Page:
Minnesotans For Sustainability©
Sustainable Society: A society that balances the environment, other life forms, and human interactions over an indefinite time period.
Technology & Production Systems-General
Sandy Irvine & Alec Ponton*
In a society built on mountains of waste, it is quite understandable why many people have campaigned for more recycling. FoE, for example, really established itself with its campaign in the early 1970s against Schweppes and non-returnable bottles ('Don't Let Them Shhh...Over Britain). A lot has changed since then. Where once there was a rare visit from local environmentalists or the scouts to raise funds by collecting old newspapers for recycling, it is now quite common to find bottle banks and the like parked outside supermarkets. Local authorities have been required to complete plans to increase recycling rates; the European Commission is making moves in the same direction.
Certainly there is a great deal still to be done. Globally, some 66% of all aluminum and 75% of all steel and paper is simply dumped on the environment. In Britain, less than 5% of domestic waste is currently recycled. In the case of plastic wastes, only 10% is reclaimed while 20% is burned and the rest pollutes landfill sites. Britain dumps some 2.5 million disposable nappies each year. The packaging industry consumes some 5% of the country's energy supply. In the USA, there are even videocassettes designed to be thrown away after 5 to 10 playings. According to research done by FoE, however, only a third of local authorities seem set to reach the government's modest target of recycling 25% of household waste by the end of the decade and nearly 60% of councils failed to submit plans on time.
In any case, household waste represents only 4% of British solid waste and the government has set neither reduction nor recycling targets for other sources. Though it certainly seems desirable that the scope and scale of recycling is extended, there are good reasons why it should be seen as only the final resort in a package of measures. There is a real danger that recycling initiatives can be used to evade even more urgent action elsewhere, at earlier stages in the production-consumption pipeline.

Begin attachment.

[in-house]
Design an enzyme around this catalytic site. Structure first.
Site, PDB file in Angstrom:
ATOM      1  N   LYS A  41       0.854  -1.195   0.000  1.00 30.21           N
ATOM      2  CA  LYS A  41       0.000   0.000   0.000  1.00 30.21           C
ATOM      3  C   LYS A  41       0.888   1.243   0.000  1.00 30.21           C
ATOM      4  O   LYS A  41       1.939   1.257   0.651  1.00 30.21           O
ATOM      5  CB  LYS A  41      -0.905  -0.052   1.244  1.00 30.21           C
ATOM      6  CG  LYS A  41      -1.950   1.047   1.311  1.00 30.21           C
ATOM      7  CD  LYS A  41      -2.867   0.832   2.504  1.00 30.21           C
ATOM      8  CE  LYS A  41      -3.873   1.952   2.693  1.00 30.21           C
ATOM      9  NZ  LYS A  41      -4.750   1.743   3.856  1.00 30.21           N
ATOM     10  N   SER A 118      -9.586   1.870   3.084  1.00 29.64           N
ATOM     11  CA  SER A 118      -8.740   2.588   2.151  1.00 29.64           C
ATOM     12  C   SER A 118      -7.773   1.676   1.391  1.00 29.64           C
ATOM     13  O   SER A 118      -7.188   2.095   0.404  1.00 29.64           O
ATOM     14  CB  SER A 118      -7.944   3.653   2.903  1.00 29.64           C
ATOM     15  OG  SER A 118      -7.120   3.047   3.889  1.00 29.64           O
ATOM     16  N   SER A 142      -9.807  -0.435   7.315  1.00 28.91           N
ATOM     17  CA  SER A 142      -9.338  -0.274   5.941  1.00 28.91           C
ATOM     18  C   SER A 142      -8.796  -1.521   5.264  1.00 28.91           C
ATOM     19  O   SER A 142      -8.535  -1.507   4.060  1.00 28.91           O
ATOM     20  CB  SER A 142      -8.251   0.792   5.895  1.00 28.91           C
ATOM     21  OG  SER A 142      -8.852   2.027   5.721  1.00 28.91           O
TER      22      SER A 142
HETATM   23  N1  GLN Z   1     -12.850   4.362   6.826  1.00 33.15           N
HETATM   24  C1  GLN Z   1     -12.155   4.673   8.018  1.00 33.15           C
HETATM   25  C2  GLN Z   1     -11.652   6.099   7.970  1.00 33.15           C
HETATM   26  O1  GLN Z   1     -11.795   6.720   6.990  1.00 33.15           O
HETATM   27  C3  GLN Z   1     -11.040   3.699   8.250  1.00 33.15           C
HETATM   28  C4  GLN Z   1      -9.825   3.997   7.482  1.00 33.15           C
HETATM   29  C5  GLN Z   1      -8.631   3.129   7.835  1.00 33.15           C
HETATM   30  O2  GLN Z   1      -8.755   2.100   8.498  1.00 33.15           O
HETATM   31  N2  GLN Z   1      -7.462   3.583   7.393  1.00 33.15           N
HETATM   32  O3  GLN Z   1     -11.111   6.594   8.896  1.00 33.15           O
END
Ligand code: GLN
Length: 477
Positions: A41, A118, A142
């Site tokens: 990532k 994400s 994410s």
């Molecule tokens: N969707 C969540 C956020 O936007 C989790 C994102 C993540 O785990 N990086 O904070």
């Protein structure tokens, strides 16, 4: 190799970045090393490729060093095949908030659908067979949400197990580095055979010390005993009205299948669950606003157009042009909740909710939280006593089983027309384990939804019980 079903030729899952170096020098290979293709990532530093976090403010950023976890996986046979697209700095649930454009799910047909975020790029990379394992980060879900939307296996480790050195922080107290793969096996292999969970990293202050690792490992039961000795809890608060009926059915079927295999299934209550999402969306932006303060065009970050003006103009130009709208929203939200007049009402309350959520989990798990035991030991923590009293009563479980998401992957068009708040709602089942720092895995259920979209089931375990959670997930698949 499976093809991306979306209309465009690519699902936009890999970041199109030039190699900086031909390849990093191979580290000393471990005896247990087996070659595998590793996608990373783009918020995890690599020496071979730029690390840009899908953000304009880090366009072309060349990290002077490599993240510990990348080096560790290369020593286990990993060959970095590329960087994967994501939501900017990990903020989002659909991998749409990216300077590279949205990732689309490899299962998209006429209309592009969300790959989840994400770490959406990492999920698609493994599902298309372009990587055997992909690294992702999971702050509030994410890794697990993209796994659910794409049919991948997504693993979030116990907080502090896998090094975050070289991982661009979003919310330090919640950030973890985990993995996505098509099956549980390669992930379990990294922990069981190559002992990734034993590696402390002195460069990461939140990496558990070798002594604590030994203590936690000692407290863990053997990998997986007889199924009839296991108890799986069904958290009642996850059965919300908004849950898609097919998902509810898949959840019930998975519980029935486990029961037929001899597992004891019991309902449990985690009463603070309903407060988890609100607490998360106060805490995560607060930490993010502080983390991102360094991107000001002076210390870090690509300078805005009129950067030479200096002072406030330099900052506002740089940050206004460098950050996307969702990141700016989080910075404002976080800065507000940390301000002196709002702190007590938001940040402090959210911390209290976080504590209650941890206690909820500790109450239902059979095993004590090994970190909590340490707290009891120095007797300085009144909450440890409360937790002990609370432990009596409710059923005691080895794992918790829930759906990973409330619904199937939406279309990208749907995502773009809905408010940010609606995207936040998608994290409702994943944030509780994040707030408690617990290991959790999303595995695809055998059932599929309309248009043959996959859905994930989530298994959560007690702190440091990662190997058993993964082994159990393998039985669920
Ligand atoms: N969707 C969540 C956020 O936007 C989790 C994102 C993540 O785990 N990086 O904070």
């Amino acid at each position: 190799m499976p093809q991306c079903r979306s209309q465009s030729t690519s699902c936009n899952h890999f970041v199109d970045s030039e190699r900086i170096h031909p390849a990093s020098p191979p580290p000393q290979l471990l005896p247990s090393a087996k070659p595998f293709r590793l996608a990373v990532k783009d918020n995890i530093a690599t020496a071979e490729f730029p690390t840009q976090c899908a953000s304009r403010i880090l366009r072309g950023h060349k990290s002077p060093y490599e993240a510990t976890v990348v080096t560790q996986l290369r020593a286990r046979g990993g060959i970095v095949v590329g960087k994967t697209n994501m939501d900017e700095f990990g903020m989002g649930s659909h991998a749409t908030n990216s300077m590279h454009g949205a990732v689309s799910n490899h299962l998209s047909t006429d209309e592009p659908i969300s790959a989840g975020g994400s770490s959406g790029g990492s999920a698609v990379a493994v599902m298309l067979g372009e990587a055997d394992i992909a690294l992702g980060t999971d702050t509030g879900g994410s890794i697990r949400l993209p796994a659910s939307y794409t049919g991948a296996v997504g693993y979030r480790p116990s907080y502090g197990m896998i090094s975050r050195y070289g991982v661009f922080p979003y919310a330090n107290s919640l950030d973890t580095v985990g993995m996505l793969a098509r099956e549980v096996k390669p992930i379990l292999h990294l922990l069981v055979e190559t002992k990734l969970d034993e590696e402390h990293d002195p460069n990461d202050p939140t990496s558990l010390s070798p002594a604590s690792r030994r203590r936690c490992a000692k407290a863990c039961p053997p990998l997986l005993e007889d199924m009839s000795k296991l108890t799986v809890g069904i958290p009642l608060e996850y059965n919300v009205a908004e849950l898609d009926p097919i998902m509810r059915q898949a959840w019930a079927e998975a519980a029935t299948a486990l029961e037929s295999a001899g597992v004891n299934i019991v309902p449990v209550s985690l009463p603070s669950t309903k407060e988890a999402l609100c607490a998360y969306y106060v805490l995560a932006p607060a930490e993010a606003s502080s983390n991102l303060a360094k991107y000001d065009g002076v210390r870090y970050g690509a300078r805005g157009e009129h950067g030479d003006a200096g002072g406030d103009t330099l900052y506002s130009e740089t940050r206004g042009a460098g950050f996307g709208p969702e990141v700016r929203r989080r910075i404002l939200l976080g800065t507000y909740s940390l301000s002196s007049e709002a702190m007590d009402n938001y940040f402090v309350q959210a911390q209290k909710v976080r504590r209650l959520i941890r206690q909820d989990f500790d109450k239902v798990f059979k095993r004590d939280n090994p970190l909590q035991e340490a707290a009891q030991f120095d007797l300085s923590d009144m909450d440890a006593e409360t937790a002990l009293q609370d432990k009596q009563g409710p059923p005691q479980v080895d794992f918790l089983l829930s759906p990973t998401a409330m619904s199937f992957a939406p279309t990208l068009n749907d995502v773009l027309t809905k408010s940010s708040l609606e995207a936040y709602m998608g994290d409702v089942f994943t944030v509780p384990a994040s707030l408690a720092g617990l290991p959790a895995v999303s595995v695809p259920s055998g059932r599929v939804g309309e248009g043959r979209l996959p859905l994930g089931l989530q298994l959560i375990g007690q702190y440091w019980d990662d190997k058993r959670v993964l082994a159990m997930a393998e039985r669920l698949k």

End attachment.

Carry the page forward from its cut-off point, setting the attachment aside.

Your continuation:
The basic laws of energy and matter, in particular 'entropy', dictate that energy resources can never be recycled. Nobody has burned coal and relit a fire from yesterday's ashes. At best, we can use the waste heat from energy conversion in district heating schemes next to power stations instead of releasing it into surrounding air and waterways. By contrast, of course, matter can be recycled.
Yet material usage must lead to some material dissipation. At every stage in the usage of a raw material, some of it is effectively lost for further use. Furthermore, collecting, transporting, separating and processing used materials takes time and inputs of yet more resources. Some people get so enthusiastic about recycled paper, for example, that it might be forgotten that trees still have be cut down in the first place to keep up with society's boundless appetite for paper. It is also important to take into account the total impacts and costs of a product's life cycle. The biggest point of input is not waste disposal but mining and processing to create the fuels and raw materials in the first place, hence the need to cut down 'inputs' before we worry about recycling 'outputs'. 'Recyclable' products can still be highly undesirable.